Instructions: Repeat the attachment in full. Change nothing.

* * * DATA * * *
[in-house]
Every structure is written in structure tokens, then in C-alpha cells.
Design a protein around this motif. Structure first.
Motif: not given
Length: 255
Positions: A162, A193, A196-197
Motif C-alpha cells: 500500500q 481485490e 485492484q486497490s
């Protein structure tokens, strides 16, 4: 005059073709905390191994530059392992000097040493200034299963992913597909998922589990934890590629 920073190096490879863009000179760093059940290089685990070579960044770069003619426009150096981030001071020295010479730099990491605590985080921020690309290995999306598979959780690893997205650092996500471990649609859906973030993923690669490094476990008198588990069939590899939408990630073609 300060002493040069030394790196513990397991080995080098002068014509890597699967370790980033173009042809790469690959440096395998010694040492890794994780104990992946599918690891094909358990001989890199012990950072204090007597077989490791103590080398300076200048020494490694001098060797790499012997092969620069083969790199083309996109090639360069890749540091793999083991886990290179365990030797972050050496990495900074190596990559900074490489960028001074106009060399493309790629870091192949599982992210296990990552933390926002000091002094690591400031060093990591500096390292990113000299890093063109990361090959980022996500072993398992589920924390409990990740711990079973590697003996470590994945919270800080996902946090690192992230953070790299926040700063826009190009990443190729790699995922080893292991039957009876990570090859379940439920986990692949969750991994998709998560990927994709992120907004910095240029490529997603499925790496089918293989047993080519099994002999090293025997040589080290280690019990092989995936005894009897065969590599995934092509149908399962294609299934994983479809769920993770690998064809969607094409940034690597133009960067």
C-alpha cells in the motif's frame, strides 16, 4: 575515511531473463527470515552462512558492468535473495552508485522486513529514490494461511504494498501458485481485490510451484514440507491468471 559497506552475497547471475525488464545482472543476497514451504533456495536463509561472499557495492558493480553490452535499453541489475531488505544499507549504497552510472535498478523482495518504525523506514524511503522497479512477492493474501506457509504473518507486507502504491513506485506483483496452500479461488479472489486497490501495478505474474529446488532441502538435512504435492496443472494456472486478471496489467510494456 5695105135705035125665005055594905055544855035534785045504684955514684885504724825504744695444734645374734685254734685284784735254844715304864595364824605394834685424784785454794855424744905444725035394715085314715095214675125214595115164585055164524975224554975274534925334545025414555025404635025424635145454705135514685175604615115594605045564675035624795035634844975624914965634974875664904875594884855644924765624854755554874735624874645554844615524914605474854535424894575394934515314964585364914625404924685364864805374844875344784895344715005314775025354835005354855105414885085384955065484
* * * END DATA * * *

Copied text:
[in-house]
Every structure is written in structure tokens, then in C-alpha cells.
Design a protein around this motif. Structure first.
Motif: not given
Length: 255
Positions: A162, A193, A196-197
Motif C-alpha cells: 500500500q 481485490e 485492484q486497490s
């Protein structure tokens, strides 16, 4: 005059073709905390191994530059392992000097040493200034299963992913597909998922589990934890590629 920073190096490879863009000179760093059940290089685990070579960044770069003619426009150096981030001071020295010479730099990491605590985080921020690309290995999306598979959780690893997205650092996500471990649609859906973030993923690669490094476990008198588990069939590899939408990630073609 300060002493040069030394790196513990397991080995080098002068014509890597699967370790980033173009042809790469690959440096395998010694040492890794994780104990992946599918690891094909358990001989890199012990950072204090007597077989490791103590080398300076200048020494490694001098060797790499012997092969620069083969790199083309996109090639360069890749540091793999083991886990290179365990030797972050050496990495900074190596990559900074490489960028001074106009060399493309790629870091192949599982992210296990990552933390926002000091002094690591400031060093990591500096390292990113000299890093063109990361090959980022996500072993398992589920924390409990990740711990079973590697003996470590994945919270800080996902946090690192992230953070790299926040700063826009190009990443190729790699995922080893292991039957009876990570090859379940439920986990692949969750991994998709998560990927994709992120907004910095240029490529997603499925790496089918293989047993080519099994002999090293025997040589080290280690019990092989995936005894009897065969590599995934092509149908399962294609299934994983479809769920993770690998064809969607094409940034690597133009960067």
C-alpha cells in the motif's frame, strides 16, 4: 575515511531473463527470515552462512558492468535473495552508485522486513529514490494461511504494498501458485481485490510451484514440507491468471 559497506552475497547471475525488464545482472543476497514451504533456495536463509561472499557495492558493480553490452535499453541489475531488505544499507549504497552510472535498478523482495518504525523506514524511503522497479512477492493474501506457509504473518507486507502504491513506485506483483496452500479461488479472489486497490501495478505474474529446488532441502538435512504435492496443472494456472486478471496489467510494456 5695105135705035125665005055594905055544855035534785045504684955514684885504724825504744695444734645374734685254734685284784735254844715304864595364824605394834685424784785454794855424744905444725035394715085314715095214675125214595115164585055164524975224554975274534925334545025414555025404635025424635145454705135514685175604615115594605045564675035624795035634844975624914965634974875664904875594884855644924765624854755554874735624874645554844615524914605474854535424894575394934515314964585364914625404924685364864805374844875344784895344715005314775025354835005354855105414885085384955065484